Language And Learning Strategies: Tools For Getting Ahead

By Joseph White

“Each of us has gifts, but sometimes it takes a little time to unwrap that gift that we have been given,” says Middle School Learning Specialist Mary Margaret Ryan. Ryan teaches Strategy classes in Collegiate’s Middle School. Students go to Strategies for a wide range of reasons. From foreign language help to learning basic study techniques, “Strategies is designed to help students become more productive learners and apply effective study strategies so that they may succeed in any academic environment.” Strategies consists of two different classes: Language Strategies, which meets eight out of ten days; and Learning Strategies, which meets three out of ten days.

Language Strategies is a class designed for those who do not take a language in seventh grade or for those who have trouble with foreign languages and need extra emphasis on those studies.  Learning Strategies, on the other hand, focuses more on time management and individual learning approaches. While the classes seem different, Ryan says “Both Strategies options introduce the concepts and strategies that students need to learn and study in an effective and efficient manner. The course concentrates on the areas of note taking, active listening, content area reading, time management, memory, test preparation, test-taking strategies and vocabulary study.” Mindfulness sessions and other stress-reducing activities also take place in these classes. Ryan says she “incorporates these lessons into my curriculum, along with reducing stress around test taking and how memory can be affected by exercise, stress, and learning differences.”

Ryan says that “My number one goal for each student is to become a better self-advocate, to be able to learn who he/she might learn best and have the confidence to speak for themselves.” These classes do just that. Students graduating from the Strategies classes have a better sense of how they learn and how to apply it as they progress in life. In this class environment, students realize the advantages to meeting with teachers and asking for help. Even at the college level, Ryan says, “I have heard from former students that they are more willing to seek assistance from campus writing centers and academic services departments in hopes to make each class a successful experience.”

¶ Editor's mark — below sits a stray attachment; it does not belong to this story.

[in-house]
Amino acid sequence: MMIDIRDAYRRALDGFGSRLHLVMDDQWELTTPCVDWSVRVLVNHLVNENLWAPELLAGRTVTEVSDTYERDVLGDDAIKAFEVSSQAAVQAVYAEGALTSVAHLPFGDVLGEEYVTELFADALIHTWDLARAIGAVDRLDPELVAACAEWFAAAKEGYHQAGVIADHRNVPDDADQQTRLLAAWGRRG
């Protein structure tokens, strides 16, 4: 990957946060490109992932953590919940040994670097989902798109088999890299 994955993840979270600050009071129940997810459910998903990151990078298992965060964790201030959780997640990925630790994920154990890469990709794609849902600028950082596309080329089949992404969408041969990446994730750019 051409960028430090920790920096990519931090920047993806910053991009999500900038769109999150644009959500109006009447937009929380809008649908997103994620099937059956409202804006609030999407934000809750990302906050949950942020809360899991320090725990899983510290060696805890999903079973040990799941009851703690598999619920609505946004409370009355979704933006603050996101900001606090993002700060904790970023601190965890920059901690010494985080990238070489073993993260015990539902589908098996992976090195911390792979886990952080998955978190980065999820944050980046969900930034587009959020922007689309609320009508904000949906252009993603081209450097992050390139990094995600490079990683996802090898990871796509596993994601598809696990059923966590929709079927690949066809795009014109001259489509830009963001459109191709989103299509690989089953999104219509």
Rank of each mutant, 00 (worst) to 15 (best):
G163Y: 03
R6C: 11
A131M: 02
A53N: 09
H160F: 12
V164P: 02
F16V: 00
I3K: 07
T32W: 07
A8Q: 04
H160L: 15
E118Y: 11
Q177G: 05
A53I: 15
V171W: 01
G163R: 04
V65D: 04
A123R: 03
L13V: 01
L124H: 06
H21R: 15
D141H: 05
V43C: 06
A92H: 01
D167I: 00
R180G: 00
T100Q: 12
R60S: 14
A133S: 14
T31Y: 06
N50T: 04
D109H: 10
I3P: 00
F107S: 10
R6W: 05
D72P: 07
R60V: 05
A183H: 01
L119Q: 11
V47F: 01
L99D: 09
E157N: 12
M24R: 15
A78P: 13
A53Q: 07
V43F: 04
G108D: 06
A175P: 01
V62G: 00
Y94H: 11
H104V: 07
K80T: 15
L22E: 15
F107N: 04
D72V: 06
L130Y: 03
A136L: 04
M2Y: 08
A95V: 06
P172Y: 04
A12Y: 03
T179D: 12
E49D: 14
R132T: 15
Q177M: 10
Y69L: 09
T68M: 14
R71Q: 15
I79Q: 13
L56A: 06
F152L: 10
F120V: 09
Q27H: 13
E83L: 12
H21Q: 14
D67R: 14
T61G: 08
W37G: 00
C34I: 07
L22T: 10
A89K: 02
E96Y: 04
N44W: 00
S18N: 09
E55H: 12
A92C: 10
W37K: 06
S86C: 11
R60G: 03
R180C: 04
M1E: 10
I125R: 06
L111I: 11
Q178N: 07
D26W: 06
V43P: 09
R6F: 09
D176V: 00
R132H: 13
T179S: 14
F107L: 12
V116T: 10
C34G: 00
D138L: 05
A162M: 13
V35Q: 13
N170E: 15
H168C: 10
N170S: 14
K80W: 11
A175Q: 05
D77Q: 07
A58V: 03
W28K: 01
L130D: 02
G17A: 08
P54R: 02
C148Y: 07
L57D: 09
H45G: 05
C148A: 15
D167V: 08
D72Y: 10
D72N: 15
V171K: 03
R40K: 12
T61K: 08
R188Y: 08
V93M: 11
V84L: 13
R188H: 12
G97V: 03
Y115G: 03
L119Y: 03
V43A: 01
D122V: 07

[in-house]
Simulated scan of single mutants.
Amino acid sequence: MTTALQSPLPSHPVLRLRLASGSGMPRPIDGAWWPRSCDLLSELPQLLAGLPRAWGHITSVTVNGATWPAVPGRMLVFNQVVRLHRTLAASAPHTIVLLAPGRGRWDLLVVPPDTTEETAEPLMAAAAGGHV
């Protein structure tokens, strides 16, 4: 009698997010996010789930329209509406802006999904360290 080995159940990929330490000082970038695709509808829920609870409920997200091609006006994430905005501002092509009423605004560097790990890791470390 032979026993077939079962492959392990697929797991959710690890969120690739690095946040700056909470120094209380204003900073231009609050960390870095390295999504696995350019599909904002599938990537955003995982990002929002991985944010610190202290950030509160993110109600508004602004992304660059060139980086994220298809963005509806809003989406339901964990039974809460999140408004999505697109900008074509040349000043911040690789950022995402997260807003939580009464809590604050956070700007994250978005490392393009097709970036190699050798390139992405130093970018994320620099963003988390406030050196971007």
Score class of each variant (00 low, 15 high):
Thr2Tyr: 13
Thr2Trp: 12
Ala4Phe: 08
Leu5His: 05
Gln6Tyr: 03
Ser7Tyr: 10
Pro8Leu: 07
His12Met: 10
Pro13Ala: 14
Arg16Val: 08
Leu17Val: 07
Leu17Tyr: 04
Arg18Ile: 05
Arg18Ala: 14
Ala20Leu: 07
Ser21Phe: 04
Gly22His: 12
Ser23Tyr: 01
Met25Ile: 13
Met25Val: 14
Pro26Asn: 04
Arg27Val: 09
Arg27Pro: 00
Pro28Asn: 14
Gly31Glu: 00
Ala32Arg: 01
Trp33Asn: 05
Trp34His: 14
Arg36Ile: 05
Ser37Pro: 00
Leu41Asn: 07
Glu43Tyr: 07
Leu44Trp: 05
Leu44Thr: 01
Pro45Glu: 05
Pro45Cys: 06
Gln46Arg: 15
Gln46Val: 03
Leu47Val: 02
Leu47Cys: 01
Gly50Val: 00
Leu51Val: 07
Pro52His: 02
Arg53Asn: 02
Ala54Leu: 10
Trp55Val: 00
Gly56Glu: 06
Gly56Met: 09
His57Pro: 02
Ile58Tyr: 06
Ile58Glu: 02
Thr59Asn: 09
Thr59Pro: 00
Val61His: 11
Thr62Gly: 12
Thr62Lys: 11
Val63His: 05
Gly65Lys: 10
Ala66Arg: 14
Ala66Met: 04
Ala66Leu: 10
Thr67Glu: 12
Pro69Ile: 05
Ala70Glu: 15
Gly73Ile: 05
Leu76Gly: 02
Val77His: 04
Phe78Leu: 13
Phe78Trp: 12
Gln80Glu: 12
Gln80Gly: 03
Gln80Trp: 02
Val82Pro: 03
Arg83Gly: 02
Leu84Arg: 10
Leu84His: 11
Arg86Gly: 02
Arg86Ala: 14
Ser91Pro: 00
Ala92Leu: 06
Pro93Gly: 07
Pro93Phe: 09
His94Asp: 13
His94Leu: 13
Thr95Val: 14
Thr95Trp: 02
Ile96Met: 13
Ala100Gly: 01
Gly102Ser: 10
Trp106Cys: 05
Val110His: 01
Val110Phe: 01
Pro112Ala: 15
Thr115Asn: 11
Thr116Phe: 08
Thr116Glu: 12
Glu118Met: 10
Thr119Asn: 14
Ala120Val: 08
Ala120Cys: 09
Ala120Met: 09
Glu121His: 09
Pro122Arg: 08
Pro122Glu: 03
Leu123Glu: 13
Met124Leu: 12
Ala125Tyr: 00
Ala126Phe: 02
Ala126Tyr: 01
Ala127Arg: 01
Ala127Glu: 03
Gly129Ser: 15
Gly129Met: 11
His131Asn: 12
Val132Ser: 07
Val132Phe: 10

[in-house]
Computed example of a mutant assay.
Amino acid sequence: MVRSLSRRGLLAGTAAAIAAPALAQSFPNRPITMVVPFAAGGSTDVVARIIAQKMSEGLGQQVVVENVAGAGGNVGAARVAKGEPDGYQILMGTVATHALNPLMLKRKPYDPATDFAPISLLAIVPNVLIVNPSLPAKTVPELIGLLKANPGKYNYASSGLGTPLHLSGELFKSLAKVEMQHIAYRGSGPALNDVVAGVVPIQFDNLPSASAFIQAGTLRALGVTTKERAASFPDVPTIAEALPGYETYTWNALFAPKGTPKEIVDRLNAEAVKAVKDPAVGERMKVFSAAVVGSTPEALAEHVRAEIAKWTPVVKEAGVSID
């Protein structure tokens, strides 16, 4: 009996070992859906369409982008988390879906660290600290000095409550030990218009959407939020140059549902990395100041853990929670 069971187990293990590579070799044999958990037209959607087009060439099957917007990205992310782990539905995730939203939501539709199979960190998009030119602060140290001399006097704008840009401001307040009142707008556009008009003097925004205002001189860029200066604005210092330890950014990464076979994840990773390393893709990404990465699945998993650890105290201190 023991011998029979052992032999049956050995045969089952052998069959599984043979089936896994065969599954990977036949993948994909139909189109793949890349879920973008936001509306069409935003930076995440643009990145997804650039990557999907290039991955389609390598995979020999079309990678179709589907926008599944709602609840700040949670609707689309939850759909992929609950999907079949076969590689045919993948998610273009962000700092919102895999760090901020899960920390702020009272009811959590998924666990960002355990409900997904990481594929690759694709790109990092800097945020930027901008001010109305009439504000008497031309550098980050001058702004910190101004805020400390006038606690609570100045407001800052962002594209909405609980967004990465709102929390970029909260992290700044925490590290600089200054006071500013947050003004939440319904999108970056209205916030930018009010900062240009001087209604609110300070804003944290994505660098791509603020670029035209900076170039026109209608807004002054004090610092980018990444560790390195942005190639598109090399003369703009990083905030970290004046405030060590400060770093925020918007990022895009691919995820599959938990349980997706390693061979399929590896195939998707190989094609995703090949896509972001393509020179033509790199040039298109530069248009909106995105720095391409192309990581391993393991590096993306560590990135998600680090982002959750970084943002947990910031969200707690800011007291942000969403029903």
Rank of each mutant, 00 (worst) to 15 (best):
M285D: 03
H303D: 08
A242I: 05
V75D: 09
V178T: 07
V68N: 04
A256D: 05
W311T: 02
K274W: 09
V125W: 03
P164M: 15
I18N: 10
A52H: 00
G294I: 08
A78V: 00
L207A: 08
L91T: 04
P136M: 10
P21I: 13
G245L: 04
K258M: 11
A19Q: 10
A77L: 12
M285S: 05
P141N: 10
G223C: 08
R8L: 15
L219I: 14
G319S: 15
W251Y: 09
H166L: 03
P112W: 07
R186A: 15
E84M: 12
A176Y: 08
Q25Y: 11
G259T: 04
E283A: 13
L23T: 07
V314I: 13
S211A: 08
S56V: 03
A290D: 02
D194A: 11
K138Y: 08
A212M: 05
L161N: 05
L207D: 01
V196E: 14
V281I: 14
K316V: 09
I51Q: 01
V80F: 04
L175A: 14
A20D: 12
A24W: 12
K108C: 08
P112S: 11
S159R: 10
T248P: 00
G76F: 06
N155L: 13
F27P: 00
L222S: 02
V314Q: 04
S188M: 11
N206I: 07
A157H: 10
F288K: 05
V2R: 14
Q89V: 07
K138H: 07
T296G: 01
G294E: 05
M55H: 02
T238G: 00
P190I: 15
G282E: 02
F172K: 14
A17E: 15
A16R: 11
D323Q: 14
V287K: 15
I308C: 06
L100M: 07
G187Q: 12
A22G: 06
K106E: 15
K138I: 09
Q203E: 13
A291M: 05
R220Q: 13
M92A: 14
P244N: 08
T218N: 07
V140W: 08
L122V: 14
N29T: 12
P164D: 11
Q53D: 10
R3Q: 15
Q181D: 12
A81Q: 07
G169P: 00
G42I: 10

After hearing about this, I decided to ask a few former Strategies students how the class helped them with the transition to Upper School.

Caitlin Alloca (‘18) said, “It taught how to prepare better for tests, quizzes, [and] projects.”

Dylan Lyons (‘20) said, “The class helped improve my time management skills, and kept me on a schedule so I wouldn’t procrastinate.”

Edward Sinnott (‘20) said, “It helped me manage my time better and improved my organization for each class.”

I, being a former Strategies student, enjoyed and learned a great deal from these classes. Struggling at a school that didn’t offer these kind of classes, I switched to Collegiate and found success, largely due to the techniques for studying and time management skills I learned in these classes.

Strategies is essential for the developing minds of children. Taking this class, you won’t only learn forms of studying techniques and time management skills, but you will also develop confidence in the classroom.

Featured image credit: Vlastik Svab.

About the author

Joe White is a Senior at Collegiate School that enjoys candy and music